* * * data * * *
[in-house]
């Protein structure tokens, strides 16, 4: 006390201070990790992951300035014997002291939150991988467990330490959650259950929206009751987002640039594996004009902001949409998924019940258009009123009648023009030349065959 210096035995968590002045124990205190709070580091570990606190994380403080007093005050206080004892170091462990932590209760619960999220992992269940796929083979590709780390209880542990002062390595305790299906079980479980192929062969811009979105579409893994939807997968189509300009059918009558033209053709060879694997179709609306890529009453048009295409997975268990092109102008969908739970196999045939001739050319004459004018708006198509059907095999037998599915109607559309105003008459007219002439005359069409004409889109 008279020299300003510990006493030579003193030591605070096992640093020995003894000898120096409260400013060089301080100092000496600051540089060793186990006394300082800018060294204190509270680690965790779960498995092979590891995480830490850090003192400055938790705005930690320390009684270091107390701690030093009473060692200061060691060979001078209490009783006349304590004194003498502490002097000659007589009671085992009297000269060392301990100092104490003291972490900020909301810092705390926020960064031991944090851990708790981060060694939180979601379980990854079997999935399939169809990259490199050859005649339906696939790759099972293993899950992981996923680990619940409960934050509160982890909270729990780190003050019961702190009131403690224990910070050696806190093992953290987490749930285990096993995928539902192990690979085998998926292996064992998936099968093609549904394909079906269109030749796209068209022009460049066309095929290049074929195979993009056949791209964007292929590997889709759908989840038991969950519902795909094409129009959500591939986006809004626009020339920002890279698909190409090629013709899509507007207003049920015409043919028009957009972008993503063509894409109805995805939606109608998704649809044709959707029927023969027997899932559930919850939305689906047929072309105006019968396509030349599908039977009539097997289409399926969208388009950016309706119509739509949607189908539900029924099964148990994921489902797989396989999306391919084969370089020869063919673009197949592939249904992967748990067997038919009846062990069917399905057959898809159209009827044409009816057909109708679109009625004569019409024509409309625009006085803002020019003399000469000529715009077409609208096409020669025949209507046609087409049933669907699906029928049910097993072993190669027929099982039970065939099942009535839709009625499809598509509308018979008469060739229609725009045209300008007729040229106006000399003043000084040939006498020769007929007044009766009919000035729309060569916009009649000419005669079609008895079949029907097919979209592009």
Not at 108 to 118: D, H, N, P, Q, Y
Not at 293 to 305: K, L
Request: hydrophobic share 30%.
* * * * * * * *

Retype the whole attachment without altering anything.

[in-house]
């Protein structure tokens, strides 16, 4: 006390201070990790992951300035014997002291939150991988467990330490959650259950929206009751987002640039594996004009902001949409998924019940258009009123009648023009030349065959 210096035995968590002045124990205190709070580091570990606190994380403080007093005050206080004892170091462990932590209760619960999220992992269940796929083979590709780390209880542990002062390595305790299906079980479980192929062969811009979105579409893994939807997968189509300009059918009558033209053709060879694997179709609306890529009453048009295409997975268990092109102008969908739970196999045939001739050319004459004018708006198509059907095999037998599915109607559309105003008459007219002439005359069409004409889109 008279020299300003510990006493030579003193030591605070096992640093020995003894000898120096409260400013060089301080100092000496600051540089060793186990006394300082800018060294204190509270680690965790779960498995092979590891995480830490850090003192400055938790705005930690320390009684270091107390701690030093009473060692200061060691060979001078209490009783006349304590004194003498502490002097000659007589009671085992009297000269060392301990100092104490003291972490900020909301810092705390926020960064031991944090851990708790981060060694939180979601379980990854079997999935399939169809990259490199050859005649339906696939790759099972293993899950992981996923680990619940409960934050509160982890909270729990780190003050019961702190009131403690224990910070050696806190093992953290987490749930285990096993995928539902192990690979085998998926292996064992998936099968093609549904394909079906269109030749796209068209022009460049066309095929290049074929195979993009056949791209964007292929590997889709759908989840038991969950519902795909094409129009959500591939986006809004626009020339920002890279698909190409090629013709899509507007207003049920015409043919028009957009972008993503063509894409109805995805939606109608998704649809044709959707029927023969027997899932559930919850939305689906047929072309105006019968396509030349599908039977009539097997289409399926969208388009950016309706119509739509949607189908539900029924099964148990994921489902797989396989999306391919084969370089020869063919673009197949592939249904992967748990067997038919009846062990069917399905057959898809159209009827044409009816057909109708679109009625004569019409024509409309625009006085803002020019003399000469000529715009077409609208096409020669025949209507046609087409049933669907699906029928049910097993072993190669027929099982039970065939099942009535839709009625499809598509509308018979008469060739229609725009045209300008007729040229106006000399003043000084040939006498020769007929007044009766009919000035729309060569916009009649000419005669079609008895079949029907097919979209592009």
Not at 108 to 118: D, H, N, P, Q, Y
Not at 293 to 305: K, L
Request: hydrophobic share 30%.